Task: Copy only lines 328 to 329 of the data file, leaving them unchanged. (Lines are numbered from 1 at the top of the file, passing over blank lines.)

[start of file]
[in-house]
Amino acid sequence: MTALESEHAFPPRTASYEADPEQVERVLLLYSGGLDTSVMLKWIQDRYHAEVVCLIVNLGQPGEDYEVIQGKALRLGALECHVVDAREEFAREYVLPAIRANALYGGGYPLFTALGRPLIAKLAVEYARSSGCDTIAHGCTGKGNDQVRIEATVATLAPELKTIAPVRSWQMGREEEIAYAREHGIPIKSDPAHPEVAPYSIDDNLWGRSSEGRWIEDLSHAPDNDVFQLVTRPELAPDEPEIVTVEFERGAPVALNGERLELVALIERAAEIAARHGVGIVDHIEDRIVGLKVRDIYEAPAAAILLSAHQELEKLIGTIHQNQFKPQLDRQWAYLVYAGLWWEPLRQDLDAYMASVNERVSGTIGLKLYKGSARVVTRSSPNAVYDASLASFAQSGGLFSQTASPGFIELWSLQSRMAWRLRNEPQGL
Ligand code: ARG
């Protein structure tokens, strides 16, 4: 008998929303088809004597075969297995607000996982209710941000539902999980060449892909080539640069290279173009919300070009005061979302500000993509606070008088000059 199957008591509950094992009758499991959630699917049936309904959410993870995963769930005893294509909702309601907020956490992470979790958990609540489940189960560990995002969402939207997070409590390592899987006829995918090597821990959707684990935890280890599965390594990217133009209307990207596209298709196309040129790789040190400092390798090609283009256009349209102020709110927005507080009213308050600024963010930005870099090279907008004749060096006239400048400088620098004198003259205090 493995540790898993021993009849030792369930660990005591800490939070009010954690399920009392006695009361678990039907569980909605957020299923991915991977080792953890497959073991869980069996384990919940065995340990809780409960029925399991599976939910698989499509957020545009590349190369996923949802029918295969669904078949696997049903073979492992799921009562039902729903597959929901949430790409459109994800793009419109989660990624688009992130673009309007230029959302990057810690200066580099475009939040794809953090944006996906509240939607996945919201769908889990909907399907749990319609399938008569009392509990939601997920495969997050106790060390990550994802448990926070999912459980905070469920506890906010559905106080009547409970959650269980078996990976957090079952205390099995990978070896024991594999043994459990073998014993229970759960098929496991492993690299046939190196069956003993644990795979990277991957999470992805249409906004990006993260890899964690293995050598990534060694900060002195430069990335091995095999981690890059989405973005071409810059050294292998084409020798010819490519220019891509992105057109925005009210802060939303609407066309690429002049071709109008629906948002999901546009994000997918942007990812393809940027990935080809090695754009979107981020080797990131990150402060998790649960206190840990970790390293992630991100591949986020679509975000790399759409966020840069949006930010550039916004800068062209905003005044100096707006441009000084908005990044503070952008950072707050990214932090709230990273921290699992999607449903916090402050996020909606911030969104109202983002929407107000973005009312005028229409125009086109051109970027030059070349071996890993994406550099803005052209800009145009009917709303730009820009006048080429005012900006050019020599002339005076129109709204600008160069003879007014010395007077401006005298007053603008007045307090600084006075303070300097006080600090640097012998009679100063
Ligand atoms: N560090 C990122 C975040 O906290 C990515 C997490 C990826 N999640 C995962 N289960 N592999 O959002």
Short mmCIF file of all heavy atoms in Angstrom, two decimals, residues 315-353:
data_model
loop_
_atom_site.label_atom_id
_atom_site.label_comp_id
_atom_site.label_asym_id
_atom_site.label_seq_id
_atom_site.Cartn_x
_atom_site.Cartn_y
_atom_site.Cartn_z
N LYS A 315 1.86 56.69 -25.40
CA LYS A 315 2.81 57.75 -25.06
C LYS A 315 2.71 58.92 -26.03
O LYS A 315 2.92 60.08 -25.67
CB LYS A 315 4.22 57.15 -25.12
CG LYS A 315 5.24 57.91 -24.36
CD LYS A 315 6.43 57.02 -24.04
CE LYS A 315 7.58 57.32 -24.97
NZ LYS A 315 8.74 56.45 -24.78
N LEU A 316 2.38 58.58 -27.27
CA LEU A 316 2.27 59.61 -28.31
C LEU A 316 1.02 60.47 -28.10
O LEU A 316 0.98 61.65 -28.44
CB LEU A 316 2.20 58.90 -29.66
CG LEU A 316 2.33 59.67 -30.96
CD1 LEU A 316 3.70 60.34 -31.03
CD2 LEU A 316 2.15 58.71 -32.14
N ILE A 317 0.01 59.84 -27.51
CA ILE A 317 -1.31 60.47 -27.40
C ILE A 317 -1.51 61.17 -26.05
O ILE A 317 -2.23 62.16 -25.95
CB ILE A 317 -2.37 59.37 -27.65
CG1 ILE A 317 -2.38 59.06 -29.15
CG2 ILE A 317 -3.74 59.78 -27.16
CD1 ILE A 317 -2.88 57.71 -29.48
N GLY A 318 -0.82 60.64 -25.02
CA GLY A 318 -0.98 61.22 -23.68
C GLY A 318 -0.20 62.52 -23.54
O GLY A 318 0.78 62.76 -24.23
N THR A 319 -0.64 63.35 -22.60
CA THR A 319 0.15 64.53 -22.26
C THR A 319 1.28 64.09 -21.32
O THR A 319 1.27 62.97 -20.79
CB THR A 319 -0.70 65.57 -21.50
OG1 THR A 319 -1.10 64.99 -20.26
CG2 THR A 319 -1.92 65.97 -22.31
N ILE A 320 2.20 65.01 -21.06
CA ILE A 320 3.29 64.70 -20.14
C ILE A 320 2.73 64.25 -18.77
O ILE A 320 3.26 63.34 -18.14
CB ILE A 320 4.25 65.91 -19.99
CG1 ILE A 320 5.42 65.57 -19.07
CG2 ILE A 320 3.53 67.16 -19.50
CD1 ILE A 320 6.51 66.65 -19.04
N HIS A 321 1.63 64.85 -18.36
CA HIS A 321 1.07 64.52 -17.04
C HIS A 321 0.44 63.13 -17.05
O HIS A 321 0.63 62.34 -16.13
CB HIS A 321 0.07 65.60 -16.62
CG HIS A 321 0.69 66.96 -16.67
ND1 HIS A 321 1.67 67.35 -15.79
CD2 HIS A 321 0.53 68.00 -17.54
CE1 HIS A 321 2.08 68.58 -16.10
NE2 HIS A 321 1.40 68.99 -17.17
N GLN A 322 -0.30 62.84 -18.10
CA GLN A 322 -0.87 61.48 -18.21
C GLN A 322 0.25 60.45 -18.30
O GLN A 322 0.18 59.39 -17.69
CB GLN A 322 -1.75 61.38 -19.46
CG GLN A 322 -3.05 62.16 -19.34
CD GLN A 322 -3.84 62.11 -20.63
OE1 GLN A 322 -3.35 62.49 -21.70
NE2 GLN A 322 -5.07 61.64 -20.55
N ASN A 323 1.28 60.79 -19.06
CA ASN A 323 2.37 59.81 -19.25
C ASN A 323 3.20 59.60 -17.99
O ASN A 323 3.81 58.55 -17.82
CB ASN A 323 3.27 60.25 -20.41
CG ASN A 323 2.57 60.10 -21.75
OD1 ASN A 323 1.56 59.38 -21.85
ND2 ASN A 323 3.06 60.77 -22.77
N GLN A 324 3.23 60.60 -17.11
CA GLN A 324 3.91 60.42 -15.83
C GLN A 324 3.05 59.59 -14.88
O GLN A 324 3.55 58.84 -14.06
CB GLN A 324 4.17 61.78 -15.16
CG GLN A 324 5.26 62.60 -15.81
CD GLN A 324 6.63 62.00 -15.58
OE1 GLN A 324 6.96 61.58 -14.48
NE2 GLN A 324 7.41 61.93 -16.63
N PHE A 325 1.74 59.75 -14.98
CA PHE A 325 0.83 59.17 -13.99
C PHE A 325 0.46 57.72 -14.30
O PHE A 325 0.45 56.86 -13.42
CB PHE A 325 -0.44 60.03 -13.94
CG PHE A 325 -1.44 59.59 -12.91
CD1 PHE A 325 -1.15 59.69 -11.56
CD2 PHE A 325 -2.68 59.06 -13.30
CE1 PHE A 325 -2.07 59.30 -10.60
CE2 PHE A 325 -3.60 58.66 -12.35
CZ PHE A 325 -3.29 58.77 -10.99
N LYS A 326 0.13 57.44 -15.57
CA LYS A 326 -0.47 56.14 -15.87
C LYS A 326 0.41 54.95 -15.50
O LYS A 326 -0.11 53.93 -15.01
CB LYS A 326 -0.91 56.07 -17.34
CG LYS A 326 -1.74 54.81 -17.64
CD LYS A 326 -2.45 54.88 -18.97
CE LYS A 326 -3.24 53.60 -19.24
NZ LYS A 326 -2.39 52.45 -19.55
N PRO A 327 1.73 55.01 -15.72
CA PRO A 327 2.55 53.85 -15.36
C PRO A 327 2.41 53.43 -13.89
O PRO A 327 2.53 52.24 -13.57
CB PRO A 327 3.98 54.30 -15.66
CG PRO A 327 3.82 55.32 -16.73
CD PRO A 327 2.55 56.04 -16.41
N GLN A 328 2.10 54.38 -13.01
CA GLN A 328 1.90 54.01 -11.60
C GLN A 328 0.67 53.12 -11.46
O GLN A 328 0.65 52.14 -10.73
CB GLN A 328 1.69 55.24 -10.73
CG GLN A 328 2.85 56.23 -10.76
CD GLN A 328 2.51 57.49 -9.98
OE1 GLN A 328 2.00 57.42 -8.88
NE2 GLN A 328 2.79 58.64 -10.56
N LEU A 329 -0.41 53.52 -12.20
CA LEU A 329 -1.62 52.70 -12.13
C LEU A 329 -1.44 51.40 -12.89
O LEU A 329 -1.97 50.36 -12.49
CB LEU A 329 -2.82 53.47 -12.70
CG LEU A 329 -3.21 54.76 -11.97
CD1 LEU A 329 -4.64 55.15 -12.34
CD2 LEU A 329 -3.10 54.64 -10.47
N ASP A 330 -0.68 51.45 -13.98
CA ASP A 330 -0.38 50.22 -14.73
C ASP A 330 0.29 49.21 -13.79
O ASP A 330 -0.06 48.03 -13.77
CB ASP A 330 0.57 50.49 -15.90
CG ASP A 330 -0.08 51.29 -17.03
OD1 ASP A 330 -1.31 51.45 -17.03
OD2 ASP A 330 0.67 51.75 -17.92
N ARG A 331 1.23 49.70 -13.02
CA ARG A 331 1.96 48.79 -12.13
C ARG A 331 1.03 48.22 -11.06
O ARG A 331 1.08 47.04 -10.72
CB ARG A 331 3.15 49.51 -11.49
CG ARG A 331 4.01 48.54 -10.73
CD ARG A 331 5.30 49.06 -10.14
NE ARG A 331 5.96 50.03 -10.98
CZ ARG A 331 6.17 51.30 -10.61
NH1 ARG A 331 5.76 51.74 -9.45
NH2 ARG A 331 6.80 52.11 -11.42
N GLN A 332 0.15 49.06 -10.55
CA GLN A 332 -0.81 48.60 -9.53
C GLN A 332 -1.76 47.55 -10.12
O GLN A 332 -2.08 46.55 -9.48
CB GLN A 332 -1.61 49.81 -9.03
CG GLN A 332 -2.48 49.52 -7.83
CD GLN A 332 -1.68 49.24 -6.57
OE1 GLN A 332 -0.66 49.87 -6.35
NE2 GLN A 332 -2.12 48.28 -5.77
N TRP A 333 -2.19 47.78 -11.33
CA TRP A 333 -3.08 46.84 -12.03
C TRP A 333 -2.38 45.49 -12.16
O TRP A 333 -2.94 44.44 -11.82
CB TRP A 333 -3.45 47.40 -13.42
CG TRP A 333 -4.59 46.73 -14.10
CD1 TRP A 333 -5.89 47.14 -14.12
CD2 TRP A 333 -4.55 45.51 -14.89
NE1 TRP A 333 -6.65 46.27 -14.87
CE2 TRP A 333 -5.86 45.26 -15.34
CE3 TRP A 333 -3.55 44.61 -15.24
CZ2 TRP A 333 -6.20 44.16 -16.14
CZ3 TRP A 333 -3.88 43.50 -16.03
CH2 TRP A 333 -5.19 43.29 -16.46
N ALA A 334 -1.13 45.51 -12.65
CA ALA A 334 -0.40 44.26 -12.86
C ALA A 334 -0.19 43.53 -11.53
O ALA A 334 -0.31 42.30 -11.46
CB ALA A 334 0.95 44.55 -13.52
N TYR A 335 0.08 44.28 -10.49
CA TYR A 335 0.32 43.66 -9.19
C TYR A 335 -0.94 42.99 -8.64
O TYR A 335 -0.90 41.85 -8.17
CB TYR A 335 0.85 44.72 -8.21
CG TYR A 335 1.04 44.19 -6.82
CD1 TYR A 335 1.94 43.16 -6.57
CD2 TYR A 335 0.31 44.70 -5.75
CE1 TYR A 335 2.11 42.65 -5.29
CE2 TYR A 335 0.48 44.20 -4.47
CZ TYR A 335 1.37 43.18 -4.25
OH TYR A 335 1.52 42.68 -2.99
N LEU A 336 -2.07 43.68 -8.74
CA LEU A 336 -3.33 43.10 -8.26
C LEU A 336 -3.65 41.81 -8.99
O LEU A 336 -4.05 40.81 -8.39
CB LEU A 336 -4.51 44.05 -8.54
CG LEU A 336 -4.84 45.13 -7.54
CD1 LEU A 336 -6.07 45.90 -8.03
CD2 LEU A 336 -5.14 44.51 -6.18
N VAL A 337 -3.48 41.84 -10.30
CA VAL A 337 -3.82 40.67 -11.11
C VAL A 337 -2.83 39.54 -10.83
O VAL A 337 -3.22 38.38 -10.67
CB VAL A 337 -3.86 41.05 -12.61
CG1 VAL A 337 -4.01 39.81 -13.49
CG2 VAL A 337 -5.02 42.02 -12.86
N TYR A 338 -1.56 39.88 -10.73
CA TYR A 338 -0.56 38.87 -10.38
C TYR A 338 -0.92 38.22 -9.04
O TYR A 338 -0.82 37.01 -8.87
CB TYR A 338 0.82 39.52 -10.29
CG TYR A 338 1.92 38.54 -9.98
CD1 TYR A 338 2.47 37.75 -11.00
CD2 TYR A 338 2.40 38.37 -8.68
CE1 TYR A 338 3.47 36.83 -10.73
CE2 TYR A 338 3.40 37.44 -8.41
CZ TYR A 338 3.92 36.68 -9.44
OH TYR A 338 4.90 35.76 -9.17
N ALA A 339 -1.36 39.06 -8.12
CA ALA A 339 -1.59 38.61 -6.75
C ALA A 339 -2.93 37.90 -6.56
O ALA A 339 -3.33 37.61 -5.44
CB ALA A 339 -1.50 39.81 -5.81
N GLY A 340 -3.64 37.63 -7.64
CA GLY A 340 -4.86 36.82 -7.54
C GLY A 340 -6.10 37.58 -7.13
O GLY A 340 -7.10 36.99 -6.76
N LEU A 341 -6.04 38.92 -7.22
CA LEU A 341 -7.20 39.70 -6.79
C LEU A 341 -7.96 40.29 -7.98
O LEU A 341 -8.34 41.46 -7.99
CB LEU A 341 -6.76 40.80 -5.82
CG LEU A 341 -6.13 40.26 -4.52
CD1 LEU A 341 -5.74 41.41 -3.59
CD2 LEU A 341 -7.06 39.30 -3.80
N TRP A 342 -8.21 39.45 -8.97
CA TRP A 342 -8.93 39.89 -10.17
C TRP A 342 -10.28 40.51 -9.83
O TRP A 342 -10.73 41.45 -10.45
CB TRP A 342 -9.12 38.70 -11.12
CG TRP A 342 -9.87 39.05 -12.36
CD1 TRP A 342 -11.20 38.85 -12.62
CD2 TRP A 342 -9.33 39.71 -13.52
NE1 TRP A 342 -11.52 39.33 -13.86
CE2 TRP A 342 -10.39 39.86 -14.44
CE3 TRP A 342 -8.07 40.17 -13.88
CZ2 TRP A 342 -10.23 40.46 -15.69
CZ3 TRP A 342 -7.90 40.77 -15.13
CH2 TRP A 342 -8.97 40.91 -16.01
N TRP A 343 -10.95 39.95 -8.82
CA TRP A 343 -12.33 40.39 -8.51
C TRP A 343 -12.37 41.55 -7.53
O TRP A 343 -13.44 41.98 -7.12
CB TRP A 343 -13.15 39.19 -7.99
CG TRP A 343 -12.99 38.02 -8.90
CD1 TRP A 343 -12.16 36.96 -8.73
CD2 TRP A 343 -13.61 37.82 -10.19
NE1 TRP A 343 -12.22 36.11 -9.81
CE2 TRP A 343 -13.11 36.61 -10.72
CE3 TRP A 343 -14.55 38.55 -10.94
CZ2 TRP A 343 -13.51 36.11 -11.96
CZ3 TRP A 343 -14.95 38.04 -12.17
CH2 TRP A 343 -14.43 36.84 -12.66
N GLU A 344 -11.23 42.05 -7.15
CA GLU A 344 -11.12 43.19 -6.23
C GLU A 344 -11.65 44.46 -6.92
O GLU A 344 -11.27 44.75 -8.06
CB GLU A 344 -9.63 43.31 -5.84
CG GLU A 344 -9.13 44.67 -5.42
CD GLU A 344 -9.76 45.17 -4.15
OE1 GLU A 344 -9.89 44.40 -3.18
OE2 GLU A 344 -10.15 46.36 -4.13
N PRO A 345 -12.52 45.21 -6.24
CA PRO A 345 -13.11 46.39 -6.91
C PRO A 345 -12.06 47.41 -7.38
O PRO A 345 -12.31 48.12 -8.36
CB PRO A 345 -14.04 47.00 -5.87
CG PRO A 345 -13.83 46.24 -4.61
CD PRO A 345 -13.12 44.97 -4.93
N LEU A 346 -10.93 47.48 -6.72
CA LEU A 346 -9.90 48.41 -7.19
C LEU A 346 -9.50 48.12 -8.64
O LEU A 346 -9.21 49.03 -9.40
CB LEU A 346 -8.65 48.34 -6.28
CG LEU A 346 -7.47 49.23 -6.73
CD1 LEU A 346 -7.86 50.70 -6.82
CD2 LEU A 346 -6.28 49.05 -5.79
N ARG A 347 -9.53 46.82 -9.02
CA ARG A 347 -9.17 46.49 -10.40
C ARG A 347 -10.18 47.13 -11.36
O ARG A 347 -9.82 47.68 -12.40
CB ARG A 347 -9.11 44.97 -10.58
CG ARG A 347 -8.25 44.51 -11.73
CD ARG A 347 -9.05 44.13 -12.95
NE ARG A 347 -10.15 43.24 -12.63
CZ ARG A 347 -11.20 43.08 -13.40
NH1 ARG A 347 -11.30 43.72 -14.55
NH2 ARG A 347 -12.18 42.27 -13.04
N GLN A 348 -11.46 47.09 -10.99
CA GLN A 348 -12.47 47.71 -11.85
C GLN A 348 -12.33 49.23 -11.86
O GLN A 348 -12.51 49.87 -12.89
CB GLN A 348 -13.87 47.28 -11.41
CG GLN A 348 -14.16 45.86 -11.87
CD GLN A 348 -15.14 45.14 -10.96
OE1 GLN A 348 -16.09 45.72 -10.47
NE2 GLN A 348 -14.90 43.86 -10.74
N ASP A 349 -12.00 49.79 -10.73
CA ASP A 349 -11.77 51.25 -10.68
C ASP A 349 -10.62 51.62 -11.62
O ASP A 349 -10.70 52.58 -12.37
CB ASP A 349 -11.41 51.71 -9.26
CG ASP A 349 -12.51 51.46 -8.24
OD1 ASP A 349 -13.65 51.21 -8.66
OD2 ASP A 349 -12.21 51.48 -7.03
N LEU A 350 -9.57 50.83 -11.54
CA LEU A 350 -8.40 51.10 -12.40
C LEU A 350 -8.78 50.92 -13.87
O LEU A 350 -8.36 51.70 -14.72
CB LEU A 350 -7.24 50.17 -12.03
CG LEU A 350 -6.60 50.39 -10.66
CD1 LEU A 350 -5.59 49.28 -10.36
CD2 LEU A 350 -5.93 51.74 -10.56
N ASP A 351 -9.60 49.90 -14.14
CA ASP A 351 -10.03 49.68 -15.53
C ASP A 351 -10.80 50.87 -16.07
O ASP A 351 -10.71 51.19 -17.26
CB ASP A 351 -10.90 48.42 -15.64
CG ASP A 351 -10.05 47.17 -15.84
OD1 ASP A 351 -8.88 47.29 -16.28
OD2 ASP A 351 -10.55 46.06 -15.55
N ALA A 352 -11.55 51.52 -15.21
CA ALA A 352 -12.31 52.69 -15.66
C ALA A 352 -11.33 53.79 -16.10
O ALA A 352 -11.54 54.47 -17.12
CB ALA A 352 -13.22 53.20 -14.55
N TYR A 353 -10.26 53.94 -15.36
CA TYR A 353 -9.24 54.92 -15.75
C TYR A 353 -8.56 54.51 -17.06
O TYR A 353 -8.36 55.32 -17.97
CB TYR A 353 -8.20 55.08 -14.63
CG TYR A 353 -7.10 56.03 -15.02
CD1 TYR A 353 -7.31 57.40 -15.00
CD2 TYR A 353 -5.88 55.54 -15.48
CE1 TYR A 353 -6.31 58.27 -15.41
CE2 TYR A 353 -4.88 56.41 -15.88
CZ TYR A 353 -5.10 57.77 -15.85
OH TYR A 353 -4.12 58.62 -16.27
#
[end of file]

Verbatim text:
CG LEU A 350 -6.60 50.39 -10.66
CD1 LEU A 350 -5.59 49.28 -10.36